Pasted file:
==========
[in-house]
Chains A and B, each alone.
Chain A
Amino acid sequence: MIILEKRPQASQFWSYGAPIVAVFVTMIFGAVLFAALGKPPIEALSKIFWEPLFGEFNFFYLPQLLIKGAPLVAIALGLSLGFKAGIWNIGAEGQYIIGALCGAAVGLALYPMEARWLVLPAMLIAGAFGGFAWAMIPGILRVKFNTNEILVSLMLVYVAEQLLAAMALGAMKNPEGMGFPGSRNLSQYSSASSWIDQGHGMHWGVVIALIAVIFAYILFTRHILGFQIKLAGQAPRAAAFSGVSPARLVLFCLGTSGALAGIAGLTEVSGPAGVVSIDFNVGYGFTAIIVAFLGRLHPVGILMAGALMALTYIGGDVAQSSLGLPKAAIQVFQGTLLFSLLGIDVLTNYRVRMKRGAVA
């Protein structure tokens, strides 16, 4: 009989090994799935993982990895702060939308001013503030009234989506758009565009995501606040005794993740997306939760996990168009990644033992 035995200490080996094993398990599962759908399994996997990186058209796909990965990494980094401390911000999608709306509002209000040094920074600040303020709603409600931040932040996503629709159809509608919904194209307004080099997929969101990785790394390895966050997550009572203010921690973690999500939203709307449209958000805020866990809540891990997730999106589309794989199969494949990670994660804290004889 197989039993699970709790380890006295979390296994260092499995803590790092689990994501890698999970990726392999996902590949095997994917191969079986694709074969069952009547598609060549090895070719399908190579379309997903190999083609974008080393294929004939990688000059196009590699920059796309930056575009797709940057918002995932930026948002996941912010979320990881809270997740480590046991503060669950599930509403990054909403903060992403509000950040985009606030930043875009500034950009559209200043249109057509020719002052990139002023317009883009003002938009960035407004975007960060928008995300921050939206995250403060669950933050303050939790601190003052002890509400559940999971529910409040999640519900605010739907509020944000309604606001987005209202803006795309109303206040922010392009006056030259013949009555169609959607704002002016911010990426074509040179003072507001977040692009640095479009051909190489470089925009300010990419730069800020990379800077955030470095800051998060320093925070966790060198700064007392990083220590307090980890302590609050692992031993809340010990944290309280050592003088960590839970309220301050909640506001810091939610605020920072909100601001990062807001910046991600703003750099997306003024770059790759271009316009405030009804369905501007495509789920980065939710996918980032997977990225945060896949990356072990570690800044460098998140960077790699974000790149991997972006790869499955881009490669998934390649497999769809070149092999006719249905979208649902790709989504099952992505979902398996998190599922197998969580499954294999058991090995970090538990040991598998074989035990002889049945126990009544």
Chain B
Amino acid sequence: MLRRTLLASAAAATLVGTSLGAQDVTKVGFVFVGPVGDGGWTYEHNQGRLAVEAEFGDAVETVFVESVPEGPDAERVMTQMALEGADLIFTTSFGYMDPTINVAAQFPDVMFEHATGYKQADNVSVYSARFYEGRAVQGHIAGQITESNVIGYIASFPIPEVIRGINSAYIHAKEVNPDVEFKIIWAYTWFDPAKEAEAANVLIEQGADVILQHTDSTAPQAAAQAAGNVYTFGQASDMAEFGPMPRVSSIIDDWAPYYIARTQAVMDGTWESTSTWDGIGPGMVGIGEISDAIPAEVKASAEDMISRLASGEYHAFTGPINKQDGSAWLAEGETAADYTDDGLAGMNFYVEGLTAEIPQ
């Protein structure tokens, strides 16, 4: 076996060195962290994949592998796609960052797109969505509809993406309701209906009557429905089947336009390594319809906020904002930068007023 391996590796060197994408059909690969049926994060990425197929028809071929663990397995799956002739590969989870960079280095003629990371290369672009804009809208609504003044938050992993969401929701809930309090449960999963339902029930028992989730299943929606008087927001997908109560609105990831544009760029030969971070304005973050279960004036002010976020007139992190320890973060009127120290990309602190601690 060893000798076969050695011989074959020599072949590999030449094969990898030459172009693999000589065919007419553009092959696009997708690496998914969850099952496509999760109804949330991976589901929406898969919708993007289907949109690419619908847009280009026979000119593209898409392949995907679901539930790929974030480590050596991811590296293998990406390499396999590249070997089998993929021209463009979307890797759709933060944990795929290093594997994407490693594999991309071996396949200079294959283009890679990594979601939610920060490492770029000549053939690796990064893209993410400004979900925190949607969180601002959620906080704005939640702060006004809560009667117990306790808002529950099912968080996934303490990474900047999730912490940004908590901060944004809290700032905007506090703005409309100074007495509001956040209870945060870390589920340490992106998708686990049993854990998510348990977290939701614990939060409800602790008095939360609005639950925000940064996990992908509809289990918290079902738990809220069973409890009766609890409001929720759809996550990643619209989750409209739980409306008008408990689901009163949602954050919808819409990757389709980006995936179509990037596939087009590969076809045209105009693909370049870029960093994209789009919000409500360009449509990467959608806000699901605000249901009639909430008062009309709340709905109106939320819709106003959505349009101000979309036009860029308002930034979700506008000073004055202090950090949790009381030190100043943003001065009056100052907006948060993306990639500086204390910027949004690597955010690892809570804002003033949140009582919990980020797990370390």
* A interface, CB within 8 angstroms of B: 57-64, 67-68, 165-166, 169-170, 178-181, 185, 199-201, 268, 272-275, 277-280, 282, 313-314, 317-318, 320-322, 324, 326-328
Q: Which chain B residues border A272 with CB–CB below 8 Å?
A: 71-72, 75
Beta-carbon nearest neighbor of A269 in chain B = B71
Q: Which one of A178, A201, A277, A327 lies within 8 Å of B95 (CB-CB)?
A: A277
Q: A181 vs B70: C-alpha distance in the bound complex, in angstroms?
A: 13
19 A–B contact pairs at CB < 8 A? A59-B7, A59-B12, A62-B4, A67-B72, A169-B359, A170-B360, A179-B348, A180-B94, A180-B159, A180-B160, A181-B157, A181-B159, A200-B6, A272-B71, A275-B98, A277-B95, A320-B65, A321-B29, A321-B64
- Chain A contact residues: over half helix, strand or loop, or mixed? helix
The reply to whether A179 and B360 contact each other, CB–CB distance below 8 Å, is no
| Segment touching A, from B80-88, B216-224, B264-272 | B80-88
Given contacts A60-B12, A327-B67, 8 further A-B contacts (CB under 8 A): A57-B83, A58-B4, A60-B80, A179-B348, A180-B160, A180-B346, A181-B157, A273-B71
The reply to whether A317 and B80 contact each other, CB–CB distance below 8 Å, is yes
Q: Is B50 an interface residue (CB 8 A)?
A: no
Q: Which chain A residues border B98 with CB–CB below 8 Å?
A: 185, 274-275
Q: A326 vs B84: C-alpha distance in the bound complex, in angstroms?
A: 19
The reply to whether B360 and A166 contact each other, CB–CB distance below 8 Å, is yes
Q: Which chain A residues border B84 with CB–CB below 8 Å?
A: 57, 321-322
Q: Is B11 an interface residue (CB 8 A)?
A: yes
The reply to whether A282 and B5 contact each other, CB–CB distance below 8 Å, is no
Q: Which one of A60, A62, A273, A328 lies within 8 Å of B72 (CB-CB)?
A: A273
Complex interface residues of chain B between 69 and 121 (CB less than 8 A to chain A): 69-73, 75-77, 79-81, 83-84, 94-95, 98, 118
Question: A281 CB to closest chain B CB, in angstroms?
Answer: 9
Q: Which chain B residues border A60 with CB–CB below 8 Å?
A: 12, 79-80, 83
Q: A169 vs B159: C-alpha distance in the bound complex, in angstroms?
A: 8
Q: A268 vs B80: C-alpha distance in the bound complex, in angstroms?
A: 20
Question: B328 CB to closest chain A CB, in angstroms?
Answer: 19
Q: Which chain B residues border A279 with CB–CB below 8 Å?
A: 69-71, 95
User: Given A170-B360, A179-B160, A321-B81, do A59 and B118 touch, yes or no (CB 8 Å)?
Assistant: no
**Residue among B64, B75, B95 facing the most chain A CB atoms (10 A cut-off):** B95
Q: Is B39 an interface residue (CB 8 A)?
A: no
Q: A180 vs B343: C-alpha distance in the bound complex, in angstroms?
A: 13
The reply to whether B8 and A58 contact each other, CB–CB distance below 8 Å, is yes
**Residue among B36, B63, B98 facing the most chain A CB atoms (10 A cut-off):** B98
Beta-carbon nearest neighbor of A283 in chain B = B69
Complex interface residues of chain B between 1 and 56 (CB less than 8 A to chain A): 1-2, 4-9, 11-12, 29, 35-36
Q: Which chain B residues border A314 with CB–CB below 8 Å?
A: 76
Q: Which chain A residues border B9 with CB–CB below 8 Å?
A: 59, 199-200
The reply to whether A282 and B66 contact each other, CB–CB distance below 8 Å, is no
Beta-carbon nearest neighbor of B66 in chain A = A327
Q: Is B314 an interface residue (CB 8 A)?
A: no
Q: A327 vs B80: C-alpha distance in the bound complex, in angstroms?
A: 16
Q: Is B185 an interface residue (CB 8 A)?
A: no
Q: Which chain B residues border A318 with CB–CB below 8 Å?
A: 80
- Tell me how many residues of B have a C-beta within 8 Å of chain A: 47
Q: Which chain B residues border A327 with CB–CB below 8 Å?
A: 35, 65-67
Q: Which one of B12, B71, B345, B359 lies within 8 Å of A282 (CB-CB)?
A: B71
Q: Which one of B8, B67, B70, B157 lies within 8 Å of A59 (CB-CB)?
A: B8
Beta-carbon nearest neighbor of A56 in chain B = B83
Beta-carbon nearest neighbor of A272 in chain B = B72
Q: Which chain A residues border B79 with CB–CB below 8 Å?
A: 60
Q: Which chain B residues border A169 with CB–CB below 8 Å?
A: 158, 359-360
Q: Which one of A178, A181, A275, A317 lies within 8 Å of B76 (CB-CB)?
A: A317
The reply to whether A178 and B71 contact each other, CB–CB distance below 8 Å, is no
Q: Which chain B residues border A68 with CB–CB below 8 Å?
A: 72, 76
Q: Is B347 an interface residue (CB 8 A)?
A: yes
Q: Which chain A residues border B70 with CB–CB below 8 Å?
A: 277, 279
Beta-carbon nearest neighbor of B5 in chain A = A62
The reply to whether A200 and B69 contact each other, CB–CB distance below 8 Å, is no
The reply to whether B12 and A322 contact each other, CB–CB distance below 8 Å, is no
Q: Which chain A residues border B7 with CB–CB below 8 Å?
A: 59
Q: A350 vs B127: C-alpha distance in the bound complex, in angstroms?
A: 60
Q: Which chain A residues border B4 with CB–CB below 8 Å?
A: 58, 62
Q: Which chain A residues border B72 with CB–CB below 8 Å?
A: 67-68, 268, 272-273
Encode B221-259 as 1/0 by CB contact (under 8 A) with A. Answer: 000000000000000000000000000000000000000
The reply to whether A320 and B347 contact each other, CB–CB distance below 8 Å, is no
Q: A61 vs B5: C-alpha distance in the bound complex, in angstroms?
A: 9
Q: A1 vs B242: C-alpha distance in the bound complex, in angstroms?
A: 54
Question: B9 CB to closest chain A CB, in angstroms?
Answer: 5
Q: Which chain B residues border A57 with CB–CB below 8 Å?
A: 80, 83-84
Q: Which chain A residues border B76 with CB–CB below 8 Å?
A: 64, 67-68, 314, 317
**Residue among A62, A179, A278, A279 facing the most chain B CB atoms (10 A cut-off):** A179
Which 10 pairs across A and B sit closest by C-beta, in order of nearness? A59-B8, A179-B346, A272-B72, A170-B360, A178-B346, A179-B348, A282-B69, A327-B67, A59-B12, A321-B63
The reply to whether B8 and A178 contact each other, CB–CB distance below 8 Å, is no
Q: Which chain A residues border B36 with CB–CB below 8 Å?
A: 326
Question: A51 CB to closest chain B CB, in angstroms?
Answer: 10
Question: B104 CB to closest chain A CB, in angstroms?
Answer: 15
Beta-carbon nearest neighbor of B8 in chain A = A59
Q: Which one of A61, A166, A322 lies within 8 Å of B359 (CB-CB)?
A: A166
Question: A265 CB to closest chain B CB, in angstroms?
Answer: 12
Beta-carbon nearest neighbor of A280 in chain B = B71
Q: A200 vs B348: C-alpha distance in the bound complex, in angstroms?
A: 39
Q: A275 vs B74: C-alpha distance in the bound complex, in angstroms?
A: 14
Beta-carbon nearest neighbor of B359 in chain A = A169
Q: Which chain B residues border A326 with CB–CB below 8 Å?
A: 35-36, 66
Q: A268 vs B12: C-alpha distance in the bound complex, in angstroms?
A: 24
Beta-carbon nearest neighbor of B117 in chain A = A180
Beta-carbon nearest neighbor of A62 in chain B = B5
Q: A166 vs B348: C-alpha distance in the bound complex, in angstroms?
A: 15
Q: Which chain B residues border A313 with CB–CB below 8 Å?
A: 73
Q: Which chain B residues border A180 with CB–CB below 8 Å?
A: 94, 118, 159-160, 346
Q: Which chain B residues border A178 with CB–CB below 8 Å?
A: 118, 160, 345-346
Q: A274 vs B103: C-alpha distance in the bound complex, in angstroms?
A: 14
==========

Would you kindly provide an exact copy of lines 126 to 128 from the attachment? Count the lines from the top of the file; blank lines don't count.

Answer: 10
Question: B104 CB to closest chain A CB, in angstroms?
Answer: 15